November 9, 1975, was the day the Great Lakes iron freighter Edmund Fitzgerald set out from Superior, Wis., carrying 26,000 tons of iron ore to a destination near Detroit.
November 10, 2022, was the 47th anniversary of the loss of that ship and her 29 crew.
In her time on the lakes, Fitzgerald was the largest ship on Superior, only 100 feet shorter than Titanic. She’d been ferrying ore across Lake Superior since 1958 as a dependable, record-breaking workhorse.
The journey from Superior to Detroit that began on Nov. 9, 1975, was Fitzgerald’s last. In a storm of hurricane magnitude that the Gales of November brought, the ship and her 29 crew sank without having the chance to send out a distress call.
Fitzgerald went down 17 miles northwest of Michigan’s Whitefish Bay between 7:20 and 7:30 p.m. during an intense storm the night of Nov. 10. At 7:10 that night, the Fitzgerald made her last radio transmission with the SS Anderson, a freighter following 10 miles behind. Captain McSorley’s words were "We are holding our own."
Moments after that transmission, the Fitzgerald disappeared from radar and never came back. The National Transportation Safety Board (NTSB) and Coast Guard determined that the cause for the sinking was sudden and massive flooding in the cargo hold after hatch covers failed. The ship had almost two dozen hatch covers, heavy slabs of steel secured to the deck over the cargo hold. They acted like giant lids, keeping the cargo dry from water that washed over the deck.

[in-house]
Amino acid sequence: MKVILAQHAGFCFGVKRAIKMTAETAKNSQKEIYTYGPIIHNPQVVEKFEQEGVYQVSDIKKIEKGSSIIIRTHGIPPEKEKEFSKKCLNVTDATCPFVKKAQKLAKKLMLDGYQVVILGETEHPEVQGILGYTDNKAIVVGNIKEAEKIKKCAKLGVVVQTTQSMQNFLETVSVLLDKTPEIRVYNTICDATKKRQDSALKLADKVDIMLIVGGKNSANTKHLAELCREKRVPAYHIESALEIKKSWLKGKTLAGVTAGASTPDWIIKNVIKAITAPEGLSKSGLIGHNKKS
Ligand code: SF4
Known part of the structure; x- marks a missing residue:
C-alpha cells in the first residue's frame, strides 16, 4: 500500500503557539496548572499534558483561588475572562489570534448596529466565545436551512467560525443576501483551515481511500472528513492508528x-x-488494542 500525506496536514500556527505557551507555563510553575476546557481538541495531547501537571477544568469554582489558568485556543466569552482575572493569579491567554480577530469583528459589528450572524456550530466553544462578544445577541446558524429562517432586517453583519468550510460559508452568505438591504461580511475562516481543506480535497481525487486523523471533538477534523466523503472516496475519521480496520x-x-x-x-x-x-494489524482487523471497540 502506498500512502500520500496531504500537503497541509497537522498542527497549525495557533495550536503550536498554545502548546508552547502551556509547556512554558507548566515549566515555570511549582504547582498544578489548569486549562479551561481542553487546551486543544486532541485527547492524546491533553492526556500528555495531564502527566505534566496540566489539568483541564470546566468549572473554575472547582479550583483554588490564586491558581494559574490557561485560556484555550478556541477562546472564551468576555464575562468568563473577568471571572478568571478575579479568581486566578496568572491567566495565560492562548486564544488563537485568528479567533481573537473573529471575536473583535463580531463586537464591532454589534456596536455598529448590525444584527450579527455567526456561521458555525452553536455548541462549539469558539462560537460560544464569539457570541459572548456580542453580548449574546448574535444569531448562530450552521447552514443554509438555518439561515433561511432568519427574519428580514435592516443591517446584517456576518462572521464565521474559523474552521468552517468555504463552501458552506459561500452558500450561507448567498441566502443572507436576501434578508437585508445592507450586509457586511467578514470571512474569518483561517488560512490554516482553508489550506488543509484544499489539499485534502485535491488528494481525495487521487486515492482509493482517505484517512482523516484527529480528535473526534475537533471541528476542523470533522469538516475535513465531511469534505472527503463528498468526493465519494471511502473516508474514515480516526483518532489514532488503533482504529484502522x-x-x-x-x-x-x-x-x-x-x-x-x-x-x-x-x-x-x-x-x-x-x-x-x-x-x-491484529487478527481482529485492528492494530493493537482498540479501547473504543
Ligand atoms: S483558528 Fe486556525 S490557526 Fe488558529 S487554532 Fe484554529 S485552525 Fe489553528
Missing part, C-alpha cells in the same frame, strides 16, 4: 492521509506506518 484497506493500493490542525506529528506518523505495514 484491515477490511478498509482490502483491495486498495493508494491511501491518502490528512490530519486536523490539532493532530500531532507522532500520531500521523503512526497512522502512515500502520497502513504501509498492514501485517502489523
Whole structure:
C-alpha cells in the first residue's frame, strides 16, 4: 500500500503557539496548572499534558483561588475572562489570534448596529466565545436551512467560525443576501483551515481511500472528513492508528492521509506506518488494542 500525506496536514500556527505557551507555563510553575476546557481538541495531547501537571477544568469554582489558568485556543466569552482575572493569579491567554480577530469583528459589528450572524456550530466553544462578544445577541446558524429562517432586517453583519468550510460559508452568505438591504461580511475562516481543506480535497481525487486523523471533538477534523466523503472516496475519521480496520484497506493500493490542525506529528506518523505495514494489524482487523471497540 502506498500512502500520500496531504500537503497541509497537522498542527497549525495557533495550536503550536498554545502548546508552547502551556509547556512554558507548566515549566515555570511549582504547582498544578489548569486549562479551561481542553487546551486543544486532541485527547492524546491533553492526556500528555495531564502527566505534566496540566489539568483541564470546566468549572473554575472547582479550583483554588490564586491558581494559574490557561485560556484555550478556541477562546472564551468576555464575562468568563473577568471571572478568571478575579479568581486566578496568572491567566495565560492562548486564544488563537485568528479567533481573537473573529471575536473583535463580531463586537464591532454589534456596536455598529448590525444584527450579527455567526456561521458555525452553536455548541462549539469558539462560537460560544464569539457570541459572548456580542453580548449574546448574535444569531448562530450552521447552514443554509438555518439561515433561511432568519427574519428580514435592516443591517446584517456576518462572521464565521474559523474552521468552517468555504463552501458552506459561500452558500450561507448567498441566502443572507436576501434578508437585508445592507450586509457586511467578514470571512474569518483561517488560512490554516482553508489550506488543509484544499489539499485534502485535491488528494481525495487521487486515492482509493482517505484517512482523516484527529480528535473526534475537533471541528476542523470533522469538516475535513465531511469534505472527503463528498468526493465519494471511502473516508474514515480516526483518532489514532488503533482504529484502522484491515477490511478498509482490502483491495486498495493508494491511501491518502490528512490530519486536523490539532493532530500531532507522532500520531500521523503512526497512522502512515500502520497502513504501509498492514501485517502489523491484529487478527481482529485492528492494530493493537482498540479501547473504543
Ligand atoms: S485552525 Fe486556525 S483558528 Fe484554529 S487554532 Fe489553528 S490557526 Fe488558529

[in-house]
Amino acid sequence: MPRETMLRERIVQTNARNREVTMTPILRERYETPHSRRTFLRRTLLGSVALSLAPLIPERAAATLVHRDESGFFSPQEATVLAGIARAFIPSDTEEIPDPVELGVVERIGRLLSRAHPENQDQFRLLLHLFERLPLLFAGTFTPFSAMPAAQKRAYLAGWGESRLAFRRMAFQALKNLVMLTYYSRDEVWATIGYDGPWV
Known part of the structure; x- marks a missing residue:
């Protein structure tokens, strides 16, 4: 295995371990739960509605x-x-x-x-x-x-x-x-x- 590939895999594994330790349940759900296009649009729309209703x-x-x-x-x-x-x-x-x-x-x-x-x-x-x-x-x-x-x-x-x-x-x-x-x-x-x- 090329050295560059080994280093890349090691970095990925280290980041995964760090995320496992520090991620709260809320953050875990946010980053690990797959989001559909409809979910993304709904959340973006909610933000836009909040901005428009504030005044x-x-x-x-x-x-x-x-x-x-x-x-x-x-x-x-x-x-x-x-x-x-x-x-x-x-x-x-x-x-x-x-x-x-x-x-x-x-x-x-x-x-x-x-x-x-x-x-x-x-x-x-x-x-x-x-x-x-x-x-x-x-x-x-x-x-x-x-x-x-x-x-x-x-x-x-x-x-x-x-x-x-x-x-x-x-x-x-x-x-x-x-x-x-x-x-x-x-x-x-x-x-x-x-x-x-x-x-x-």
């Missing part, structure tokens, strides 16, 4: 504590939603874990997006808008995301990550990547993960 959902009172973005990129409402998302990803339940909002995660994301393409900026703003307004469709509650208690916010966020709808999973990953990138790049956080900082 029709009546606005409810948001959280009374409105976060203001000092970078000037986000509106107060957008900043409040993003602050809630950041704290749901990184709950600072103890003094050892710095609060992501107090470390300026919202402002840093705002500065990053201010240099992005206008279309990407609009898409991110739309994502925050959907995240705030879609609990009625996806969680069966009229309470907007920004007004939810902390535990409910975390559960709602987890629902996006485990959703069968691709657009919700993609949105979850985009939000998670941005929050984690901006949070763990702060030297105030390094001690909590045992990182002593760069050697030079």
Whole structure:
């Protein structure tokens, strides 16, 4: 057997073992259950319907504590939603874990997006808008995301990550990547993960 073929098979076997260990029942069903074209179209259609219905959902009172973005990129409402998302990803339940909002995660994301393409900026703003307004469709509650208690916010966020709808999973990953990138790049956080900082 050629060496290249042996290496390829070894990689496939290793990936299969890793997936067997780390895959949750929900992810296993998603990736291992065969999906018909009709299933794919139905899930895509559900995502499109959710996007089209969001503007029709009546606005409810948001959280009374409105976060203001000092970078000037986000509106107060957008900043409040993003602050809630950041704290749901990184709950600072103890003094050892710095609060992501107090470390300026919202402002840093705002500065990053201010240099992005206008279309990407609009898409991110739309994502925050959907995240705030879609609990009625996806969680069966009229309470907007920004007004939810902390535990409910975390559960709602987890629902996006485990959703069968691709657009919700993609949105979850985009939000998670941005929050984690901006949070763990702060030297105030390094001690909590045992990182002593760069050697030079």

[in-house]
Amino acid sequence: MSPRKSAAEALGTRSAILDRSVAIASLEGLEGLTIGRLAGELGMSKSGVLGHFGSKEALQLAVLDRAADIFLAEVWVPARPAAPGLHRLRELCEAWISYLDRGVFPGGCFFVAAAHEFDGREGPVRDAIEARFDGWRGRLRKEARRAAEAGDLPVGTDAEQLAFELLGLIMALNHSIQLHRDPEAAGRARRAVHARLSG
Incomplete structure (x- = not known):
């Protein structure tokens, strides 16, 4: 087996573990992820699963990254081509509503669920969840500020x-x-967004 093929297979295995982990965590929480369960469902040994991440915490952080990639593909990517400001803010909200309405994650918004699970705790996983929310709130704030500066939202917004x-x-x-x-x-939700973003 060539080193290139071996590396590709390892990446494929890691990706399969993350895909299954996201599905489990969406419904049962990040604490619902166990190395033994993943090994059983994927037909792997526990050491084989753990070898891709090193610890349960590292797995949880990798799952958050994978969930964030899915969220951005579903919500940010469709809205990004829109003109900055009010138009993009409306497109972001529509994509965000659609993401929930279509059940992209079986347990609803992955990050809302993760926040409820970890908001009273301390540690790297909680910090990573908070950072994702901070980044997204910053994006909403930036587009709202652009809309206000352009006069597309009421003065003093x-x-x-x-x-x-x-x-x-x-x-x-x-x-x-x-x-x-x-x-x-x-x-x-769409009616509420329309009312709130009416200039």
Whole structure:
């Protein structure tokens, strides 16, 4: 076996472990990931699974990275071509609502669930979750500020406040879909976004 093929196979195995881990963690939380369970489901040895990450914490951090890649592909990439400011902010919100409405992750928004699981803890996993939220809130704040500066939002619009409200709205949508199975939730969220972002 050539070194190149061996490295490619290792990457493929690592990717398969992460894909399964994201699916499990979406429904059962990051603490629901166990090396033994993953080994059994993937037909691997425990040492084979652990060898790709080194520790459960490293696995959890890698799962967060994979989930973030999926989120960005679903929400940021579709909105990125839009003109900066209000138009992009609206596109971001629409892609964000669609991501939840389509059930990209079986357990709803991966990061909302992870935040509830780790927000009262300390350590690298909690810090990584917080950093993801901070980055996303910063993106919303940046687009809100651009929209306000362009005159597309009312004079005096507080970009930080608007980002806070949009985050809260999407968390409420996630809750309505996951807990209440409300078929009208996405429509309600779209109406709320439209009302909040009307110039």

The flooding was so sudden that the captain and crew didn’t even have time to signal a distress call before the Fitzgerald headed to the bottom of Superior. After the Coast Guard was notified, they radioed ships to look for begin searching: “It looks like with the information we have that it is fairly certain that the Fitzgerald went down. We're talking now a matter of life and death and looking for survivors that might be in life rafts or in the water.”
On July 4, 1995, after 20 years on the sunken ship, the bell from the Edmund Fitzgerald was recovered and replaced with a new one, inscribed with the names of all 29 crew members’ to rest with the ship. The ship’s bell is used in annual memorial services, where friends and family of the lost men ring the bell as individual names are read. Singer-songwriter Gordon Lightfoot immortalized events of that November night in his song “The Wreck of the Edmund Fitzgerald.”